Limited spot supply of a number of base oil grades and rising crude oil values continued to support stable-to-firm price indications in Asia.
Discussions for cargoes loading in May were mostly taking place at higher prices than the previous week for deals involving the heavy-viscosity cuts, although the 150 neutral grade within the API Group II segment also commanded firming price ideas.
The higher offers are supported by prospects of tight supply in coming weeks on the eve of a planned turnaround at Formosa Petrochemical’s base oil plant in Mailiao, Taiwan, along with recent and ongoing shutdowns at other regional facilities amid lean inventories.
However, the number of producers that can actually supply spot cargoes is also limited, as most sellers have to ensure they have enough material to cover contractual commitments before they can allot product for spot transactions.
Requirements have improved compared to the beginning of the year, but they are not exceptionally robust as conditions in downstream lubricant segments are still somewhat uncertain, sources explained. What is driving some of the demand is that buyers have been carrying fairly low inventories since mid-2015 because of the downward trend in pricing.
As a result, many have started the year with little material on hand and these buyers are now actively seeking cargoes for short-term delivery, but some sellers have little to no material to offer.
In Southeast Asia, it was heard that a refiner is ensuring that it can meet domestic requirements and its own downstream demand before offering cargoes for spot business, and a similar situation applies to suppliers in Northeast Asia.
In China, importers appeared to be scrambling to locate spot cargoes of the heavy-vis cuts as domestic supply is described as tight, particularly for Group II oils.
Formosa is one of the main suppliers of Group II base oils to China. The producer has been restricting the volumes shipped to that country as it is preparing for a two-month turnaround starting in June.
Group I base oils are also snug, with buying interest for solvent neutral 500 and bright stock growing over the last few weeks, but domestic availability of Group I material is better than for Group II cuts and prices for SN150 have remained fairly stable.
Base oil price discussions were generally taking place at higher levels than last week, although some buyers were resisting offers because of difficulties in transferring the cost down the supply chain.
Sources acknowledged that the uptrend may be temporary and that prices may stabilize once supply and demand reach a more balanced position.
For the time being, however, many consumers had to accept the prevailing prices if they wanted to secure product to meet immediate needs.
There were few changes to indications on an ex-tank Singapore basis after assessments had been adjusted up the previous week. The Group I SN150 cut was steady within a range of between $530 per metric ton and $550/t ex-tank Singapore, and SN500 was unchanged at $600/t-$620/t. Bright stock was discussed at $1,010/t-$1,030/t ex-tank Singapore.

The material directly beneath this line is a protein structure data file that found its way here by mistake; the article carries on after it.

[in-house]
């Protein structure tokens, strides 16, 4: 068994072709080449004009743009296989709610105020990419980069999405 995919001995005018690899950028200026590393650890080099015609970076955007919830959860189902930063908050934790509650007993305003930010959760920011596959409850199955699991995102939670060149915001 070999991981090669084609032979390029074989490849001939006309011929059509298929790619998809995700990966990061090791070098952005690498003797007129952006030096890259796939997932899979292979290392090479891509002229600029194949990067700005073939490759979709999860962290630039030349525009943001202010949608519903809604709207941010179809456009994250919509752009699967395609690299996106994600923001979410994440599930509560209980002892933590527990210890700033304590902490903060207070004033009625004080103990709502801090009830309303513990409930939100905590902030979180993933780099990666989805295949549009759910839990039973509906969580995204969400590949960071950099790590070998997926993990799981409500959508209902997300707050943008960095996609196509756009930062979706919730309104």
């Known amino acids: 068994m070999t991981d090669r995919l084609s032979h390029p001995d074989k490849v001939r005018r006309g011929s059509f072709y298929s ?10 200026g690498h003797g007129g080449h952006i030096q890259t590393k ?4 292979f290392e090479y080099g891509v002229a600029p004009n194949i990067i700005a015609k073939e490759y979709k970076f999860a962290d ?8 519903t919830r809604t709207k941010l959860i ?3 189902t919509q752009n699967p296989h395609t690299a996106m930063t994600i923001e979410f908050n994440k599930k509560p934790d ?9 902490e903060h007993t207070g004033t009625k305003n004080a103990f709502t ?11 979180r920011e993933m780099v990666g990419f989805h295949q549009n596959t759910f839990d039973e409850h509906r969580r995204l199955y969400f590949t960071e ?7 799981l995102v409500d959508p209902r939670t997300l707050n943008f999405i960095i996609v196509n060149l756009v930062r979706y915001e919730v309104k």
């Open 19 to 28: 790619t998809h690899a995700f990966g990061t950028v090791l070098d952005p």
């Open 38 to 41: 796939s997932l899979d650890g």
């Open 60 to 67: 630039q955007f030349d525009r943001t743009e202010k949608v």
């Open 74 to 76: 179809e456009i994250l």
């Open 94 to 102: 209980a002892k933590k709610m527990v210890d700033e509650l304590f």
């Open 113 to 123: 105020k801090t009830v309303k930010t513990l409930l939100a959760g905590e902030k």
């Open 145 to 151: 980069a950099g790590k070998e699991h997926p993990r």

The Group II 150N cut was heard at $510/t-$530/t ex-tank Singapore, and the 500N was revised up by $15/t-$25/t at $640/t-$670/t ex-tank Singapore.
On an FOB Asia basis, Group I SN150 was mentioned at $430/t-$450/t; the SN500 was adjusted up in line with discussions and published prices widely regarded as industry benchmarks, reflecting a $30/t-$40/t upward revision at $510/t-$540/t FOB. Bright stock edged up by $10/t-$20/t to $900/t-$930/t FOB this week.
In the Group II category, the 150N cut was assessed up by $10/t at $480/t-$510/t FOB Asia, while the 500/600N moved up by $20/t to $620/t-$650/t FOB Asia.
The 4 centiStoke and 6 cSt oils were notionally adjusted up by $10/t at $860/t-$890/t FOB Asia, and the 8 cSt grade was assessed at $610/t-$630/t FOB Asia on rising feedstock prices and higher offers.
Rising crude oil values offered additional support to steeper base oil prices in Asia. Brent and West Texas Intermediate futures have rallied more than 70 percent since hitting their respective 2016 lows in January and February.
Oil futures stabilized after setting new 2016 highs on Thursday as traders locked in profits, though analysts said supply disruptions, strong investor appetite and a weakening dollar could push prices higher, according to a Reuters report.
Another factor that impacted futures was the possibility of reduced supply from Venezuela as the country faces a serious electricity crisis.
Falling U.S. crude production has also offered support to oil prices, while a weaker dollar makes crude cheaper for countries using other currencies. The U.S. Federal Reserve said on Wednesday it would leave interest rates unchanged, while the Bank of Japan said on Thursday it would abstain from expanding monetary stimulus, pushing the yen higher against the dollar.
ICE Brent Singapore futures closed at $46.79 per barrel in afternoon sessions on May 2, compared to $44.67 per bbl on April 25.
Gabriela Wheeler can be reached directly at gabriela@LubesnGreases.com.
Lubes’n’Greases Publications shall not be liable for commercial decisions based on the contents of this report.